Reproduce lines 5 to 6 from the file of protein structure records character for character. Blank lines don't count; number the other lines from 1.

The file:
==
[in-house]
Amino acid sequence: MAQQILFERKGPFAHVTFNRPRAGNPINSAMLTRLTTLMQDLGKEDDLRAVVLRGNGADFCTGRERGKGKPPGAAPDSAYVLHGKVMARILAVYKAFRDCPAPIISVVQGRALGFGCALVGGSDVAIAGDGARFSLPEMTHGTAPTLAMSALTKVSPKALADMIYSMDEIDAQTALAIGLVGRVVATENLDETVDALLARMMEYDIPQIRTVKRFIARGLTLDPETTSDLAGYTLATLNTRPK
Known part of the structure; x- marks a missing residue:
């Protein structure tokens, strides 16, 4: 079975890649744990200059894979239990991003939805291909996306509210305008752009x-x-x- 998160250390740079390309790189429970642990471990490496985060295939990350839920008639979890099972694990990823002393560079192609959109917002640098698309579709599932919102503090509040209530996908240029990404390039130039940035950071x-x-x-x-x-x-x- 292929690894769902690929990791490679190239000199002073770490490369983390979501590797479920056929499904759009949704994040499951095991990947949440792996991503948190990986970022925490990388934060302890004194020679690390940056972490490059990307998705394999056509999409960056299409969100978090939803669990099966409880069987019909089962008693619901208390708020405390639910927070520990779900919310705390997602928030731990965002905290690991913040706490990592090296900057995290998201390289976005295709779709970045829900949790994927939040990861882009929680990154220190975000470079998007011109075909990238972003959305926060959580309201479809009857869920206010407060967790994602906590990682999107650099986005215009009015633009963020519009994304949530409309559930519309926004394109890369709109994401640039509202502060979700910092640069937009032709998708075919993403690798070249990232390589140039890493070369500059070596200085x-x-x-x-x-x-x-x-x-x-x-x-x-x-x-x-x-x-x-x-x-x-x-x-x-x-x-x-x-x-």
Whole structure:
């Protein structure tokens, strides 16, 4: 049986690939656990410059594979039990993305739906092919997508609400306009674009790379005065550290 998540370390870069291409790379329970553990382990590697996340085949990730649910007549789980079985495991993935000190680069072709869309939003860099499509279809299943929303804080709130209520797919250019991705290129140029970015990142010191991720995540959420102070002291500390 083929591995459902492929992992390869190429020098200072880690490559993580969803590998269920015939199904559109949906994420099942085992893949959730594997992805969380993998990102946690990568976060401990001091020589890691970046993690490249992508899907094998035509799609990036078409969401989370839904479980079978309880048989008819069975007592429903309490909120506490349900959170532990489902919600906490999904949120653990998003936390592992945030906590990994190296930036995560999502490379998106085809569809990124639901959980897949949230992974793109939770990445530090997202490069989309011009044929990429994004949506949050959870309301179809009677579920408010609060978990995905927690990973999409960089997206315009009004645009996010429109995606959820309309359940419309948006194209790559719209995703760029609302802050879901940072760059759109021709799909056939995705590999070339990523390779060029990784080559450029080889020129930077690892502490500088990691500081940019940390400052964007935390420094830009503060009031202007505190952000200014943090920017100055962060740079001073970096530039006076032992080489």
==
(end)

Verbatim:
Whole structure:
């Protein structure tokens, strides 16, 4: 049986690939656990410059594979039990993305739906092919997508609400306009674009790379005065550290 998540370390870069291409790379329970553990382990590697996340085949990730649910007549789980079985495991993935000190680069072709869309939003860099499509279809299943929303804080709130209520797919250019991705290129140029970015990142010191991720995540959420102070002291500390 083929591995459902492929992992390869190429020098200072880690490559993580969803590998269920015939199904559109949906994420099942085992893949959730594997992805969380993998990102946690990568976060401990001091020589890691970046993690490249992508899907094998035509799609990036078409969401989370839904479980079978309880048989008819069975007592429903309490909120506490349900959170532990489902919600906490999904949120653990998003936390592992945030906590990994190296930036995560999502490379998106085809569809990124639901959980897949949230992974793109939770990445530090997202490069989309011009044929990429994004949506949050959870309301179809009677579920408010609060978990995905927690990973999409960089997206315009009004645009996010429109995606959820309309359940419309948006194209790559719209995703760029609302802050879901940072760059759109021709799909056939995705590999070339990523390779060029990784080559450029080889020129930077690892502490500088990691500081940019940390400052964007935390420094830009503060009031202007505190952000200014943090920017100055962060740079001073970096530039006076032992080489």